Although it is easy to get caught up in logistical considerations (how long? lunar phase? equipment issues?) before a survey, it is essential to know that the collected data will answer the primary survey questions. Scheaffer et al. (1996) suggest visualizing the final report before conducting the survey. This reflection on survey and project objectives should be done:
throughout survey design, and;
frequently while conducting the survey.
By frequently reviewing survey objectives, priorities can be established should it appear that key project questions are not being answered.
Visualizing the final report also puts analysis options into perspective while the survey is being designed. For fisheries acoustic surveys, both classical and geostatistical approaches may be used.
Classical, or design-based, analyses follow random sampling theory. The use of randomly selected sampling units facilitates computation by allowing the samples to be treated as independent. Choosing an appropriate sampling design as discussed below may enhance precision in the estimates.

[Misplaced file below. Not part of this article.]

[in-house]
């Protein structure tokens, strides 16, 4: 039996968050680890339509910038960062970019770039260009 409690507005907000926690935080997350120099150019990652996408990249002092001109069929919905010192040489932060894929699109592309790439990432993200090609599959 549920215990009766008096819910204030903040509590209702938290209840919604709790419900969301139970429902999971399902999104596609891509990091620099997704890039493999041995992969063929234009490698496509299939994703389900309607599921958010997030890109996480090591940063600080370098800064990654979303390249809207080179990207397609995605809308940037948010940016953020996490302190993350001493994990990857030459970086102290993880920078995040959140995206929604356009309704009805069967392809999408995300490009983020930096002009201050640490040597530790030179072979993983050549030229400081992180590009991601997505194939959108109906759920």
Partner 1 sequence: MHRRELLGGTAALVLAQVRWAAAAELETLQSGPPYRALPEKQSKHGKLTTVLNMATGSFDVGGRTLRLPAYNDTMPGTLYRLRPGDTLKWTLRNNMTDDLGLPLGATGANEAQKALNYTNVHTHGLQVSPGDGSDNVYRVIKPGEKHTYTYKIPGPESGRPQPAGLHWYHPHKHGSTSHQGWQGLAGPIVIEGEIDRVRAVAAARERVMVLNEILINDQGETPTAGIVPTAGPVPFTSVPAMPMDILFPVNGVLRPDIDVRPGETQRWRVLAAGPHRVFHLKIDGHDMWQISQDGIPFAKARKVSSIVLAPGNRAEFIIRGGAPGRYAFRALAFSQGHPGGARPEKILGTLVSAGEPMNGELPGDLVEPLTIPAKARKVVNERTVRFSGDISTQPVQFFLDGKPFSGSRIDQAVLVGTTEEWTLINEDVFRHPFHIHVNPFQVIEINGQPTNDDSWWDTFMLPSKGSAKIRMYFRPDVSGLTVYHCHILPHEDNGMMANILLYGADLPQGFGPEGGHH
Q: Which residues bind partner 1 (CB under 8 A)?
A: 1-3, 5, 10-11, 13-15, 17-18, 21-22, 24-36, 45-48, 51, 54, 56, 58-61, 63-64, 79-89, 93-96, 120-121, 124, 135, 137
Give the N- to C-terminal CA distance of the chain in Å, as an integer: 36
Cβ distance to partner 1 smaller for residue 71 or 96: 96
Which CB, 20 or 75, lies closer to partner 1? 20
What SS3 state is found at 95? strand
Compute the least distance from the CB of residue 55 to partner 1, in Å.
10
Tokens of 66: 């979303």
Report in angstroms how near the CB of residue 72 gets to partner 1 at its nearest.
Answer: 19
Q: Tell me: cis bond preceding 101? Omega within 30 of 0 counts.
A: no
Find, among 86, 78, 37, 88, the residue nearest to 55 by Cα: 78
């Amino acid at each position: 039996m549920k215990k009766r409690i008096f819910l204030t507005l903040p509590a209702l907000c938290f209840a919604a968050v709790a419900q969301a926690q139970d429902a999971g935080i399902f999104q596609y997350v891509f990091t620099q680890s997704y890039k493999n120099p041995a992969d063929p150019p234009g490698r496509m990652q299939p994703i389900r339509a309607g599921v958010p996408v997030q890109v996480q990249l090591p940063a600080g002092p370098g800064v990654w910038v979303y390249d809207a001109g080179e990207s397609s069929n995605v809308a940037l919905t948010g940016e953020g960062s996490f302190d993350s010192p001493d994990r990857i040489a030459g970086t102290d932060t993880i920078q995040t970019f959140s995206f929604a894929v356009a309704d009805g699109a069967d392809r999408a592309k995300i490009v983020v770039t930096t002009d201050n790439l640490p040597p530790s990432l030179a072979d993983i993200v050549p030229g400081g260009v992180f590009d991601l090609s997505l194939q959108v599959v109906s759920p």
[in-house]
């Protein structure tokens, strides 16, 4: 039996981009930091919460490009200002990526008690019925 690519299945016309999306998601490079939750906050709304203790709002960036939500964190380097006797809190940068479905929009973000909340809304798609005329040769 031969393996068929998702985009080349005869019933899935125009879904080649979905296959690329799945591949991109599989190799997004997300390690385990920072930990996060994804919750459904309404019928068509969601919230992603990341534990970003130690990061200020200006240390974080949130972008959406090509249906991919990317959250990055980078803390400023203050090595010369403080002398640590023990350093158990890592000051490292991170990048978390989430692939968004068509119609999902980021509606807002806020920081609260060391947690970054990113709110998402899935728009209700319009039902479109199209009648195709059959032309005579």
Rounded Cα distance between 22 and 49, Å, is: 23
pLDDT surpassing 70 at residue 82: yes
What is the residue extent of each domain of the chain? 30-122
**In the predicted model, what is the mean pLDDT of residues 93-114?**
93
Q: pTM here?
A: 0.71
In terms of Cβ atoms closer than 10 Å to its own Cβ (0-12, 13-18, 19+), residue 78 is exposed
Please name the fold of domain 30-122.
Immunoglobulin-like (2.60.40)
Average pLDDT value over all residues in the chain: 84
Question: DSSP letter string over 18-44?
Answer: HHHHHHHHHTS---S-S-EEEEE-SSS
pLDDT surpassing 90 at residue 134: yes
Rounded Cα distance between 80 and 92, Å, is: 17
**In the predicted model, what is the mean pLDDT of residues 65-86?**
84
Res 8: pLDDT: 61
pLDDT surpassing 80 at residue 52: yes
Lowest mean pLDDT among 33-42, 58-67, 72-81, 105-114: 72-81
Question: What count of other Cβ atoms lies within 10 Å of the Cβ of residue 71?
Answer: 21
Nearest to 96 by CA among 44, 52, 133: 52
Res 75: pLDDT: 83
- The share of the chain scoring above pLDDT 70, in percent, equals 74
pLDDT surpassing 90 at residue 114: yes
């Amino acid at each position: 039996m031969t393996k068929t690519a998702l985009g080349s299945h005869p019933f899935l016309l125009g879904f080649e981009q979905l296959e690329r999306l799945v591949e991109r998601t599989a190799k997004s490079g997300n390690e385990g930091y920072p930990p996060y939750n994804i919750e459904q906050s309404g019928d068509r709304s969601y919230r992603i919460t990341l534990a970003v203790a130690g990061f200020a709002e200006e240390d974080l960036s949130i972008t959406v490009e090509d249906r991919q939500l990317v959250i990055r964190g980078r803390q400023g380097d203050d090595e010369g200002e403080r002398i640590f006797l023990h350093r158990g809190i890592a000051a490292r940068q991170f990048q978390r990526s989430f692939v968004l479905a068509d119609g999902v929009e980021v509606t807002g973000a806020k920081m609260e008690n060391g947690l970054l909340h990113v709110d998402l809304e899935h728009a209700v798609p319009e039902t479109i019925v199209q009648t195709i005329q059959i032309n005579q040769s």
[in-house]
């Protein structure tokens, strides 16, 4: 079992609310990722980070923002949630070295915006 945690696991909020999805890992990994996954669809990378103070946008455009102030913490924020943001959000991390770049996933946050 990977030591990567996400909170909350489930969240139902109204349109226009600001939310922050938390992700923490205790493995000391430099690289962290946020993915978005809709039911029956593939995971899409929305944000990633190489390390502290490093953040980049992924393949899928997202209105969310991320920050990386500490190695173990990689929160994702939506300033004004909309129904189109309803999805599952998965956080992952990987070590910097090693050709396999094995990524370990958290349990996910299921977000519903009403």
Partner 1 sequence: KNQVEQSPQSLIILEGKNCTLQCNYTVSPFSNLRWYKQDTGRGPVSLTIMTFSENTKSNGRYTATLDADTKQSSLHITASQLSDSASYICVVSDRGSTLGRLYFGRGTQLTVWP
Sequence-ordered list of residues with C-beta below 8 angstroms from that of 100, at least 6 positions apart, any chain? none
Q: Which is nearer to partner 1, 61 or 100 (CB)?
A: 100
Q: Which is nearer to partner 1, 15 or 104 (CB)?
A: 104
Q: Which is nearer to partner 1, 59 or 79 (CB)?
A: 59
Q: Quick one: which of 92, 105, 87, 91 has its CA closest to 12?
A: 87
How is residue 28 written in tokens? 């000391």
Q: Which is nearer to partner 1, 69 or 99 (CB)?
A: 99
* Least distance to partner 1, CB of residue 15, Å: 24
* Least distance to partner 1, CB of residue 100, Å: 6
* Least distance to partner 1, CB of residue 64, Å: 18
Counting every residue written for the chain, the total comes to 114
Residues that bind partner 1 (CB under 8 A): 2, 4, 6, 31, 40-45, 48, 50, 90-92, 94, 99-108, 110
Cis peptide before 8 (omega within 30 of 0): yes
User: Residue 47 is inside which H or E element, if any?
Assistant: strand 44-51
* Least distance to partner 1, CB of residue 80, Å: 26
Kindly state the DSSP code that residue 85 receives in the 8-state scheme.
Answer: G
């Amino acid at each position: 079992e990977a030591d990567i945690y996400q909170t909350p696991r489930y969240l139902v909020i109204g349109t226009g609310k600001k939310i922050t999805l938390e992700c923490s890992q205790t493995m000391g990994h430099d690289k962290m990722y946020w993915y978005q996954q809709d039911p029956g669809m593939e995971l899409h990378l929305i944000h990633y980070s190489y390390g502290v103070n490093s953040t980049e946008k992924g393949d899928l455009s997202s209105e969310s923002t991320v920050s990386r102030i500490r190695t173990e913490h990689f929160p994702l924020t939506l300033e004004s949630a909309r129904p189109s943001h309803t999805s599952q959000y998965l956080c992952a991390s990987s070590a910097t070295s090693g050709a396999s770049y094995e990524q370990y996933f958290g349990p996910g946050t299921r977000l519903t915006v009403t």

Geostatistical, or model-based, analyses can make use of the information that exists in how organisms are distributed. An underlying spatial pattern is detected from survey observations and that pattern is modeled to deduce the density distribution of the organisms elsewhere in the survey.
The choice of survey design may depend on whether the analysis will be design-based or model-based. Both methods, however, benefit from the appropriate allocation of samples across all possible elementary sampling units (i.e., the distribution of samples across the area to be surveyed).